We need to balance rates affordability against the need to take good care of assets like roads and reservoirs. We have a lot of work to do to modernise and futureproof our ageing physical assets and improve our resilience against natural disasters. Our community also expects to see continual improvement of services because of regular rates increases. The cost of major asset upgrades must be spread across the generations who will benefit from them.

This Three-Year Plan proposes an average rates increase in 2024/25 of 23.7% and steady increases over the next ten years. We’re also planning to borrow to make sure we can deliver projects when they are needed. We will regularly look at our levels of service to ensure what we’re focusing on lines up with what the community expects and is willing to pay for.

Ageing assets

Many of Napier’s physical assets are over 50% through their useful life. This means their reliability is now less predictable and more frequent maintenance is needed. Additionally, our population is increasing so we are outgrowing our infrastructure. More infrastructure will be needed, meaning we need to ensure we have the funds to do this. We plan our maintenance and improvements according to the best information we have about our assets, but we know there are gaps. Those information gaps make it harder to maintain or replace assets before they fail. We’ll consider the condition of assets, so we know what to prioritise for maintenance and upgrades, while still maintaining day-to-day operations and reacting to unanticipated failures.

Cyclone recovery

Cyclone Gabrielle means we’re still facing unanticipated costs and challenges to fix or replace lost assets, such as bridges. We also need to adapt important physical assets, such as our Wastewater Treatment Plant, so they are protected against failure in future events. We will plan and prepare for future resilience and make targeted improvements where most needed. This will allow us to take care of the most urgent needs, while preparing for well-researched, long-term resilience planning. The cyclone showed us that we need to act now. Having important physical assets out of action for a long time had serious negative impacts on our community.

Preparing for climate change and natural hazards

With land increasingly at risk from erosion and coastal inundation, we must strengthen existing structures and ensure new developments can withstand the tests of weather and time. Sustainable land use and comprehensive water management will help to prevent issues before they arise. Improving our readiness for emergencies is vital for our safety. By proactively tackling these risks, Napier can ensure a sustainable and resilient future for its residents and businesses.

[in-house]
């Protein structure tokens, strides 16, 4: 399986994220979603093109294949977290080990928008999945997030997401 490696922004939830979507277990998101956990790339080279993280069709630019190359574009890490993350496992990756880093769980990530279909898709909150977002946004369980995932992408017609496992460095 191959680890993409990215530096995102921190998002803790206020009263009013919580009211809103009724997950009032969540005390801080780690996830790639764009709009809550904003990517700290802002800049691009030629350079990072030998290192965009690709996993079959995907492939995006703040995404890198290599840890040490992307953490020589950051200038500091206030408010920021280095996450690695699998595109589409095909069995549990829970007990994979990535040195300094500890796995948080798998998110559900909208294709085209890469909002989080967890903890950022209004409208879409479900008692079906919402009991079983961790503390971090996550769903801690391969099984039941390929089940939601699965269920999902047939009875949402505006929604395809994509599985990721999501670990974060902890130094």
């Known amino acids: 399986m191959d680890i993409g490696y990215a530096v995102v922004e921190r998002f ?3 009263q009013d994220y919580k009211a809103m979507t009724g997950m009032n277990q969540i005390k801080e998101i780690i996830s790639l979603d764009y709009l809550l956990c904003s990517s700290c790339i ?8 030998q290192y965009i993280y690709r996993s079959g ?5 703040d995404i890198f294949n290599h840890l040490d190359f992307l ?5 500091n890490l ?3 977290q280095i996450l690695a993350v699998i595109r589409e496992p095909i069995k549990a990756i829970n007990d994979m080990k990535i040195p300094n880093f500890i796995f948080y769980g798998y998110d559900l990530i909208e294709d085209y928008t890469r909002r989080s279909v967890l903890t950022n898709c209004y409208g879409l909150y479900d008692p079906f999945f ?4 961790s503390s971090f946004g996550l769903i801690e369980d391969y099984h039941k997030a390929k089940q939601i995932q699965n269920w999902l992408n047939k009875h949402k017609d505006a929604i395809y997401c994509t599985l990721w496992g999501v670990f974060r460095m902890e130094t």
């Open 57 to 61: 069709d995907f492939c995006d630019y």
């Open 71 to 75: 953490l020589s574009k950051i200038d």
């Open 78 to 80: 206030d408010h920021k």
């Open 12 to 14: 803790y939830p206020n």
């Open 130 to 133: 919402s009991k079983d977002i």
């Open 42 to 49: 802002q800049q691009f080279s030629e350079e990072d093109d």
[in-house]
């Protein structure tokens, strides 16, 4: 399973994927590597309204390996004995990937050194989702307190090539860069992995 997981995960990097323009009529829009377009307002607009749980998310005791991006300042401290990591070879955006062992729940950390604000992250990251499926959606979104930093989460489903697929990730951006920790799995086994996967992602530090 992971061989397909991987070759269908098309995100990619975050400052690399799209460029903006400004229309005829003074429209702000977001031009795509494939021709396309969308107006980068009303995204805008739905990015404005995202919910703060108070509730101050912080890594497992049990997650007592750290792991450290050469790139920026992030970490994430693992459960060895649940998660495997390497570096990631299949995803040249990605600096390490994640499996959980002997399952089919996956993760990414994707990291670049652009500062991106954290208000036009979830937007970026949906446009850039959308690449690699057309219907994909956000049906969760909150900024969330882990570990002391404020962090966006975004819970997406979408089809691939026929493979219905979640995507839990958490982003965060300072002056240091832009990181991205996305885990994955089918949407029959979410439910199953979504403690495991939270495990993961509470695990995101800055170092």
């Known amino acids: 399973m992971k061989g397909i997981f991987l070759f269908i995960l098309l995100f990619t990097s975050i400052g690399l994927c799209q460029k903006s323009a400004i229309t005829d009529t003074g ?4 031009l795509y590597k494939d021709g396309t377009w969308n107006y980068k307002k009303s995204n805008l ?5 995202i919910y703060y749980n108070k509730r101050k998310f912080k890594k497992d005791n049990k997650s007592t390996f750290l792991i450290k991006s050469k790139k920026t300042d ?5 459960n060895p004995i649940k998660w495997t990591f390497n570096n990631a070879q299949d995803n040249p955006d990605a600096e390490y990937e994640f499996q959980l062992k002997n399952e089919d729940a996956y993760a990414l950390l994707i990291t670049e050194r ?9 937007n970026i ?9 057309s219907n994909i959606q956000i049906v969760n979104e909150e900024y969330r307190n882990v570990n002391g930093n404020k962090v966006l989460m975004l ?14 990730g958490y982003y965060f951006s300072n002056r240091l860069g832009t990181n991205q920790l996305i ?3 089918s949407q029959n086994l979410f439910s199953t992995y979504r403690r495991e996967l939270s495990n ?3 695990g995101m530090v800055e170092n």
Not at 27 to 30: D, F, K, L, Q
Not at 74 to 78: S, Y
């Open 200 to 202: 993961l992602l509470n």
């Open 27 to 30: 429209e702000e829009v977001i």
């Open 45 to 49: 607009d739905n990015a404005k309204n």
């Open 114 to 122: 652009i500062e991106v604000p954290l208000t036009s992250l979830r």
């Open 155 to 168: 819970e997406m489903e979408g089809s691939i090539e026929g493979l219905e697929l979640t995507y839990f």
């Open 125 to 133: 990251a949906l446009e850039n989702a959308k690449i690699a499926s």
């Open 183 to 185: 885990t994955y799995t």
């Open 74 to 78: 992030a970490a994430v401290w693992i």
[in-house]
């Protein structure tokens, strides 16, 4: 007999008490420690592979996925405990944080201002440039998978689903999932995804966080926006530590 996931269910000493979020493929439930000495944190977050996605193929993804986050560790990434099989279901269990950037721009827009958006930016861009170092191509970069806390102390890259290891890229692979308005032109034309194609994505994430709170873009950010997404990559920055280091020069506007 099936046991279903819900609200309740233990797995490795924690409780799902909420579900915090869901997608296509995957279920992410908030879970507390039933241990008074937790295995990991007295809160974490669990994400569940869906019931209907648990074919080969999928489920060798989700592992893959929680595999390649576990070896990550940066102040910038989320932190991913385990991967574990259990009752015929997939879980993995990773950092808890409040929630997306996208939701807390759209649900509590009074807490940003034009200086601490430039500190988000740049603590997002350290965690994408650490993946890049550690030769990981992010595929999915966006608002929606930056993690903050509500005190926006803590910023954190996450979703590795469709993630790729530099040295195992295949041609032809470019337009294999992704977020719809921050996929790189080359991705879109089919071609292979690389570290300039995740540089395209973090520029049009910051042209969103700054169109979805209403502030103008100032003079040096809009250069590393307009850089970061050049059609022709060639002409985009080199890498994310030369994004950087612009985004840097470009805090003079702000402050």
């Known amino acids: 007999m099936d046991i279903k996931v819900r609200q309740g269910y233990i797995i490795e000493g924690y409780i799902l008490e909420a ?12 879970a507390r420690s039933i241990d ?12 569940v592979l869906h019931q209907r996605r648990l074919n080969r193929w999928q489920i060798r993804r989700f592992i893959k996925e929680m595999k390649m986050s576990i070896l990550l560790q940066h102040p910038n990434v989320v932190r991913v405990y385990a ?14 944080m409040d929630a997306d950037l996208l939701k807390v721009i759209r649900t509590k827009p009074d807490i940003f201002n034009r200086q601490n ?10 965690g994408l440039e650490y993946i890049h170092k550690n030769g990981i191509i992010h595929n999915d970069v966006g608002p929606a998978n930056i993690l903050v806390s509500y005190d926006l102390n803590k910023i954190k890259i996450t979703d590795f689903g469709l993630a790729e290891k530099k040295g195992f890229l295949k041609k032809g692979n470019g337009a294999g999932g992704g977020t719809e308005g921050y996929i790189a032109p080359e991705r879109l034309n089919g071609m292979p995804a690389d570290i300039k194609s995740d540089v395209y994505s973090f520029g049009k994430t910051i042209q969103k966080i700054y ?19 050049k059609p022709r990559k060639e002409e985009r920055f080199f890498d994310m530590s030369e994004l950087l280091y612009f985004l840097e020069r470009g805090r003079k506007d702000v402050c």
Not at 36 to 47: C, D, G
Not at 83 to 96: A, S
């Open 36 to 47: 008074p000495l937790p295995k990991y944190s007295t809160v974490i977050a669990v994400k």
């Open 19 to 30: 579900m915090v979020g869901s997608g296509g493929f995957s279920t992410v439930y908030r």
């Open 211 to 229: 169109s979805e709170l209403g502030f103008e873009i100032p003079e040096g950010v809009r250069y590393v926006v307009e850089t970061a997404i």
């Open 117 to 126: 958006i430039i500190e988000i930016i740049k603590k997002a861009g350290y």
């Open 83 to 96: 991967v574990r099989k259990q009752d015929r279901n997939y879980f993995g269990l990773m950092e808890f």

We’ll prioritise actions that can make a big difference now, without overwhelming our budget. This will allow us to take care of immediate concerns effectively while planning for broader improvements as funds allow. It's a practical step forward, demonstrating our commitment to keeping Napier safe and sustainable, ensuring we do what's necessary today to protect our community tomorrow.

Significant infrastructure projects over next 10 years

How to have your say

We've provided a number of ways for people to have their say on Napier's Three-Year Plan. 

  • If you need assistance or would like a copy of the full document, pop in and see the friendly team at our Customer Service Centre, Napier Library or Taradale Library.
  • Come and see us at one of our drop-in sessions on Sunday 7 April, Saturday 13 April and Saturday 20 April.
  • Complete the online submission form here.

NDiS logoNapier's Three-Year Plan consultation document is also available in various alternative formats, including easy-to-read, audio, and New Zealand Sign Language (NZSL). You can access these files here.

A pdf version of the consultation information is available here. Please make your submission online here.

Do you want to hear from us more often and have your say on other Napier projects?

Join our People's Panel